When the doors open, we see supersized old black-and-white pictures of people eating and a long table with little cardboard ovens stacked seven tall, six deep and 20 wide.
Beyond the table stands the door to the Silver Grille, a relic of a bygone era. Long before mall food courts, a shopping trip to the big department store in the city meant sitting down for lunch.
As a 6-year-old in the 1980s, I was obsessed with the Terminal Tower. Cleveland seemed like the biggest city in the world. Its downtown stretched in all directions for what had to be miles. At its center was the tallest building I could possibly imagine.
We're here for the Then and Now Sunday brunch, which is hosted by the Horseshoe Cleveland seven floors below us, and catered by the Ritz-Carlton, Cleveland. Restored by the Ritz in 2003, the Silver Grille reopened to host weddings and special events such as this.
Really, we're here for those cardboard ovens. Although the Silver Grille itself, in all of its art deco glory, brings a hefty dose of nostalgia with green walls, floor-to-ceiling columns accentuated with purple lights and even the original 1931 metal chairs with green cushions. The marble goldfish pond still dominates the middle of the dining room — sans goldfish.
The air-conditioning is on blast, a respite from the July air, and some of the buffet food suffers from the cold. But it doesn't matter. We're really here to reminisce about time spent with family and friends.
My mom shopped at Higbee's downtown and ate lunch at the Silver Grille two to three times a year in the '60s with her mom and dad, her little sister and various aunts, uncles and cousins. Trips downtown happened less frequently after the opening of the Higbee's at Severance Center in Cleveland Heights.
My grandmother, who we call Bubby, would have been more than overjoyed to join us today, but she's back in Florida. On her visit this summer, she was amazed at how different Cleveland looks and feels than it did just 10 years ago.
As we sip coffee and orange juice, my mom recalls horseplaying with her sister in the roomy lounge of the ladies' restroom. She remembers the rope lines that corralled people into groups of two, four or six for easy seating when a table became available. And she recalls the creamed chicken served inside the cardboard ovens.
"It was a special treat," she says.
I was born in Northeast Ohio, but spent my first 12 years in Brownsville, Texas, a border city of less than 100,000.
We'd visit Cleveland often. Vacations meant Bubby taking me to the art museum, the natural history museum and the children's museum — all of which I thought were part of Cleveland's endless downtown. She'd take me on the Rapid to Higbee's or the then-brand-new Galleria. As a kid, I didn't know that just two years before I was born, the city hit rock bottom and defaulted. I didn't know that its best times were decades before.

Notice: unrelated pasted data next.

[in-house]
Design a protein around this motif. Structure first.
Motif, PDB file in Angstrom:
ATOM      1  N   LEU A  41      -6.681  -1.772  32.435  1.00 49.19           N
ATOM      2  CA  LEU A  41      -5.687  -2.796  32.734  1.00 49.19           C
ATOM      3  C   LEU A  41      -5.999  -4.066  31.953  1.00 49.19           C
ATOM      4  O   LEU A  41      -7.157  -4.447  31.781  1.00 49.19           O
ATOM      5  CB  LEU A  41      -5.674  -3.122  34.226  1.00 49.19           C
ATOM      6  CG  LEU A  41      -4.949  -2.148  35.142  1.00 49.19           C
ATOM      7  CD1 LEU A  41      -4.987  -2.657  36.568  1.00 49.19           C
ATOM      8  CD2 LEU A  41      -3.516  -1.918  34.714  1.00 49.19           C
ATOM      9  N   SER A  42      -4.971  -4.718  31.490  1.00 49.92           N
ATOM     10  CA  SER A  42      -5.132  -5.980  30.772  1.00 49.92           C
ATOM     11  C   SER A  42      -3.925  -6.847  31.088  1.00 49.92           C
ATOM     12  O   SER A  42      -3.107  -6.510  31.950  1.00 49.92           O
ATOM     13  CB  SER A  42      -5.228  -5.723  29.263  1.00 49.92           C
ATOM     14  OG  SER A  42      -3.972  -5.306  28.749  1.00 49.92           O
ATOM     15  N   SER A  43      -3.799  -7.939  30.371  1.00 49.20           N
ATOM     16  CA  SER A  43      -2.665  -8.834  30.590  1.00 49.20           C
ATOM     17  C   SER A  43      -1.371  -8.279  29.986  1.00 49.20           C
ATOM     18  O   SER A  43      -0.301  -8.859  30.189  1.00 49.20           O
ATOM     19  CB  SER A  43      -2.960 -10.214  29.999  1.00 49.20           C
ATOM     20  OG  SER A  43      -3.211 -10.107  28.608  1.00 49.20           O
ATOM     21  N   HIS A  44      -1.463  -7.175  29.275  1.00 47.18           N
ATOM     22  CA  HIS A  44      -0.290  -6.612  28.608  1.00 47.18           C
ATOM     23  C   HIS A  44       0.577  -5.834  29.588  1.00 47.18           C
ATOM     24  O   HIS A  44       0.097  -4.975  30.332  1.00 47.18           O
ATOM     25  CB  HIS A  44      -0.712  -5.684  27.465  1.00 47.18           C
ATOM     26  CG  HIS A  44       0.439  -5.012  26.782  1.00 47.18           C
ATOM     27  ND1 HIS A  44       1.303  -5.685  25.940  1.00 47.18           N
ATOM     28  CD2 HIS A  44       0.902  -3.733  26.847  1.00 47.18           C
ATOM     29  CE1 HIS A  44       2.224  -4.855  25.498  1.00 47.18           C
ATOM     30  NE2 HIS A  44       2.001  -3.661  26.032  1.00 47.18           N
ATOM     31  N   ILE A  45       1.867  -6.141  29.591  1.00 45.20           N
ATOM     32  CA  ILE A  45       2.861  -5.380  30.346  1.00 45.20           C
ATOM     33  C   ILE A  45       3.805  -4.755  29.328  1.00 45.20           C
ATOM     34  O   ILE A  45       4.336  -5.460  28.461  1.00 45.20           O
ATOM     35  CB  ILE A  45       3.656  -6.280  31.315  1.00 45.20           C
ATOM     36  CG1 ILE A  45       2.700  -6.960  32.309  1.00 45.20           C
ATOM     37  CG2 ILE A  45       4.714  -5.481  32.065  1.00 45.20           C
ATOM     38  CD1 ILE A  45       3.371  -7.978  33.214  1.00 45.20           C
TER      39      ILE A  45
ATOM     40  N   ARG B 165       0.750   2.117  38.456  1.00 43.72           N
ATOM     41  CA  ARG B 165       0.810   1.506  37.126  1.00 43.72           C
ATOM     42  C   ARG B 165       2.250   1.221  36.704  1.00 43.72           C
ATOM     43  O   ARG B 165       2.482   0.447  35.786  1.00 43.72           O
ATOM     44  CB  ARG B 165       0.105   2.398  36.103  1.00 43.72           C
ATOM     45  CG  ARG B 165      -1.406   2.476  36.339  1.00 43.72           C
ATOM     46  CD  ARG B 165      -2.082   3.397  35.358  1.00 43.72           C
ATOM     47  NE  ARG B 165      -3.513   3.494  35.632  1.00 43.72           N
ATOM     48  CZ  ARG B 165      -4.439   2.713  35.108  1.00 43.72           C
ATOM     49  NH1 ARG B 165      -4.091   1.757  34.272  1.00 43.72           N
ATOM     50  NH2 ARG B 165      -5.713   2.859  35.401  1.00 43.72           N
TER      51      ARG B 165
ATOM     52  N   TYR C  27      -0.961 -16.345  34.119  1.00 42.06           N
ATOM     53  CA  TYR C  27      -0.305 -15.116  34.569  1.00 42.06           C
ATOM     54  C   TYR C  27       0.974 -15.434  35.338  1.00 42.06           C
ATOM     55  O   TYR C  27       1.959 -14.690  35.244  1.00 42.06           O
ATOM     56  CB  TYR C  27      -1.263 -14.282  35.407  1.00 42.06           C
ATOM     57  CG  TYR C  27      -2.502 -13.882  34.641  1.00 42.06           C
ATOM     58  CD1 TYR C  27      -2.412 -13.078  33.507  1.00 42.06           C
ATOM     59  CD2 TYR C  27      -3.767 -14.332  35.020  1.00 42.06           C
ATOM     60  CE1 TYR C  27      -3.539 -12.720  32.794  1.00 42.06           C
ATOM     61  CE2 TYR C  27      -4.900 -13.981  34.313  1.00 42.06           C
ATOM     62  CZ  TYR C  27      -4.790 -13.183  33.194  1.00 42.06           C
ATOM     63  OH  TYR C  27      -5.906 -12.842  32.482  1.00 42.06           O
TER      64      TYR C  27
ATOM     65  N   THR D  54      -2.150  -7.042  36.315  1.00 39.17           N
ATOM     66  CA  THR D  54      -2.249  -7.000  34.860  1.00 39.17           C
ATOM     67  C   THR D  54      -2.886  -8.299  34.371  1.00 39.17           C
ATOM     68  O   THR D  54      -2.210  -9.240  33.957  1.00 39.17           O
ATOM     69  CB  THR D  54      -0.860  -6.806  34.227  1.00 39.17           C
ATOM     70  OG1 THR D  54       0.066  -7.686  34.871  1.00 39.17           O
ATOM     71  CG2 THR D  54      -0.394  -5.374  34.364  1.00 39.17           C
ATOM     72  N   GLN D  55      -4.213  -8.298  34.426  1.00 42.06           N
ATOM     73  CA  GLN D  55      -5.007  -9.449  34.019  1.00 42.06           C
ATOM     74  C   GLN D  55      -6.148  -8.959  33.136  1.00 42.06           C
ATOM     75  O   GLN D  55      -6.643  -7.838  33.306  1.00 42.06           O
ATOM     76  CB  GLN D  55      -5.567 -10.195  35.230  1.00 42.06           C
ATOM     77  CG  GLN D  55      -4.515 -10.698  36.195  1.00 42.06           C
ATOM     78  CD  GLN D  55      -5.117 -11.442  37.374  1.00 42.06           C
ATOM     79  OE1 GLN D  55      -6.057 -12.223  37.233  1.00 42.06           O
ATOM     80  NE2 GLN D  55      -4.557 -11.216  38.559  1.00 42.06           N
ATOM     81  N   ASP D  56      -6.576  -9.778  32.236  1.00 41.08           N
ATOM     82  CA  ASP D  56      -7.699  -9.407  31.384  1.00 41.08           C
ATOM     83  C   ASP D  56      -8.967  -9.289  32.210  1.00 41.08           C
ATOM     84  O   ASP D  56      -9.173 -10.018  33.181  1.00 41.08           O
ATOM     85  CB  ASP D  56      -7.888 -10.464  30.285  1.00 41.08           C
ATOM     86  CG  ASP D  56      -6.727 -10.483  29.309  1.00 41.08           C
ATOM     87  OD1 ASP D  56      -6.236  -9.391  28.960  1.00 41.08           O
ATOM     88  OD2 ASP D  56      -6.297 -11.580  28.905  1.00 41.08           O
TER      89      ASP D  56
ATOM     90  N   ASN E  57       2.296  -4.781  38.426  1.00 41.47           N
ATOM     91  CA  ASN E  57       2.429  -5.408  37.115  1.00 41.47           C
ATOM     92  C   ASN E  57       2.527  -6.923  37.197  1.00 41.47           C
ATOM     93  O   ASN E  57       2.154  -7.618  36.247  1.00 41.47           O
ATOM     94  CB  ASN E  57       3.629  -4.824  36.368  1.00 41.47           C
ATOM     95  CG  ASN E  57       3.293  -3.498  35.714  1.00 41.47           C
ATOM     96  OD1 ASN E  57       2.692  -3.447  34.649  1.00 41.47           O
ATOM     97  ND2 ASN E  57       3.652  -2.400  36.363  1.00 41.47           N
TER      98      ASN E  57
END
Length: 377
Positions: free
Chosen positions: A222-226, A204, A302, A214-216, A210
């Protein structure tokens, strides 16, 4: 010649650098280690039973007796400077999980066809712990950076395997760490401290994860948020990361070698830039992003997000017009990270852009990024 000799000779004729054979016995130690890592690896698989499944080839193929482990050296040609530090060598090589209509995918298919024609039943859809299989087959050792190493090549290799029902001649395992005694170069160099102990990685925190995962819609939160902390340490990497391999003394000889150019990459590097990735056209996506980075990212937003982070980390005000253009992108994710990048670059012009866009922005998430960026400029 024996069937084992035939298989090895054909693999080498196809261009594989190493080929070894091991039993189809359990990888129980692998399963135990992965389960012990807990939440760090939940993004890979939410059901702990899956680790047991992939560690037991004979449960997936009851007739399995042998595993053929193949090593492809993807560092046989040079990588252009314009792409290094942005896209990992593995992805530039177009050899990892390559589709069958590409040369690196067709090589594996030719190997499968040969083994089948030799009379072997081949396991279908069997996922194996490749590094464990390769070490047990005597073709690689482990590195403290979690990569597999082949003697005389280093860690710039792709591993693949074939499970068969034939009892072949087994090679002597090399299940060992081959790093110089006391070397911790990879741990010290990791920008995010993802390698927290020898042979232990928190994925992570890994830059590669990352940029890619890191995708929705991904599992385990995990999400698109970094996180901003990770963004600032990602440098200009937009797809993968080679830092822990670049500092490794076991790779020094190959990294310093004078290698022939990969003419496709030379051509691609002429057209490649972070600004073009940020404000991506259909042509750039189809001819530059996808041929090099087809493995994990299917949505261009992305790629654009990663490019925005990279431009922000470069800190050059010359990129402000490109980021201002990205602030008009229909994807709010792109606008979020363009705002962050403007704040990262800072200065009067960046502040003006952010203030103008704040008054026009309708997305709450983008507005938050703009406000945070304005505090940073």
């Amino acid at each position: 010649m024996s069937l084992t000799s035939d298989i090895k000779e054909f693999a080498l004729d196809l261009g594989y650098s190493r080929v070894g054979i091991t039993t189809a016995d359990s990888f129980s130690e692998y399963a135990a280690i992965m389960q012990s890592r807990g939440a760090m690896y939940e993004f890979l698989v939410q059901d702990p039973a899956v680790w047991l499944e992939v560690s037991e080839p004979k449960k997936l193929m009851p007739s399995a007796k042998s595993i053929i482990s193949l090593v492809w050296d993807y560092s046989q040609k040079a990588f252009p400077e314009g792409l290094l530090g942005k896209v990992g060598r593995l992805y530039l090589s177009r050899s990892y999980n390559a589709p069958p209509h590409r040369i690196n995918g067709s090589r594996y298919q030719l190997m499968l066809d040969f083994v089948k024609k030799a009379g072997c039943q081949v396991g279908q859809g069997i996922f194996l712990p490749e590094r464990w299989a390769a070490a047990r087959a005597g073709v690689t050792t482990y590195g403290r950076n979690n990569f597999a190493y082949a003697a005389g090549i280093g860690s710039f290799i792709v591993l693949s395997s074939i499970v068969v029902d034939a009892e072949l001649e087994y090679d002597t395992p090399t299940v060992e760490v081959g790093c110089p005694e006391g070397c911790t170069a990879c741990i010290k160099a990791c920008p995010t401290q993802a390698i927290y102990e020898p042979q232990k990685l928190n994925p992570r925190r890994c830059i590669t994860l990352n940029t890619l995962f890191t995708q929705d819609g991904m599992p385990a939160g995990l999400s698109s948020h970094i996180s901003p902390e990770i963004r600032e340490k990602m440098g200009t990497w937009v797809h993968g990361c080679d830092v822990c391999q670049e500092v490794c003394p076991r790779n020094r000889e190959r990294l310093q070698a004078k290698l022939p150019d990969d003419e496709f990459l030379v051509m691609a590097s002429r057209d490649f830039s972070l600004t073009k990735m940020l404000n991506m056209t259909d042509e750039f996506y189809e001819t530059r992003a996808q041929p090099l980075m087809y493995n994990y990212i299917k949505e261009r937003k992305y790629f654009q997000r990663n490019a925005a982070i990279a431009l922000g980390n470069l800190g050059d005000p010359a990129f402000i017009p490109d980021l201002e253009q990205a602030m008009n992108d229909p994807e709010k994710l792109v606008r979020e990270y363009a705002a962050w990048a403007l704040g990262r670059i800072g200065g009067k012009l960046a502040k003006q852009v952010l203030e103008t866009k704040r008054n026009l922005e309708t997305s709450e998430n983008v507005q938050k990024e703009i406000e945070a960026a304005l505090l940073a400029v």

I have solid recollections of lunches at the Hobnail Room, the restaurant inside the Severance Center Higbee's. My two memories of the Silver Grille as a child are the view out the 10th-floor window of the streets below and the cardboard oven.
I took the memento from the big building in Cleveland back to Texas, where it would sit on my dresser alongside Legos, Transformers or G.I. Joes — rarefied territory for a 6-year-old. The oven became an especially important souvenir, since no matter how hard Bubby searched, she could never find a toy Terminal Tower for her far-flung grandson.
By 1993, when we moved back to Cleveland, the Silver Grille had been closed for four years. The downtown Higbee's became Dillard's and then closed.
When I was in high school in the eastern suburbs, I visited downtown for baseball, basketball or football games — maybe a concert — and that was it. With the independence of my early 20s, trips downtown extended to the Flats, which was already on its way out — again.
But as downtown Cleveland re-emerged in the late 2000s, I found myself there more often. Now I work there.
I can't walk from our offices in the Theater District to the 5th Street Arcades without pausing for a moment as a construction worker maneuvers a forklift heavy with cinder blocks into a once-abandoned building — soon to be Euclid Avenue's next apartment complex and hotel.
To me, the Horseshoe is part of this new downtown. Without the casino's play on the nostalgia of its home, I may have not been able to see the Silver Grille again.
You may not like the casino. You may have moral issues with gambling. You may argue that it's not the economic generator it was promised to be. You may be asking about the status of Phase 2.
But from the Higbee Building's 10th floor, as I relive the nostalgia of the Silver Grille, downtown Cleveland is starting to look like the sprawling, glitzy metropolis on the lake that 6-year-old me thought it was all along.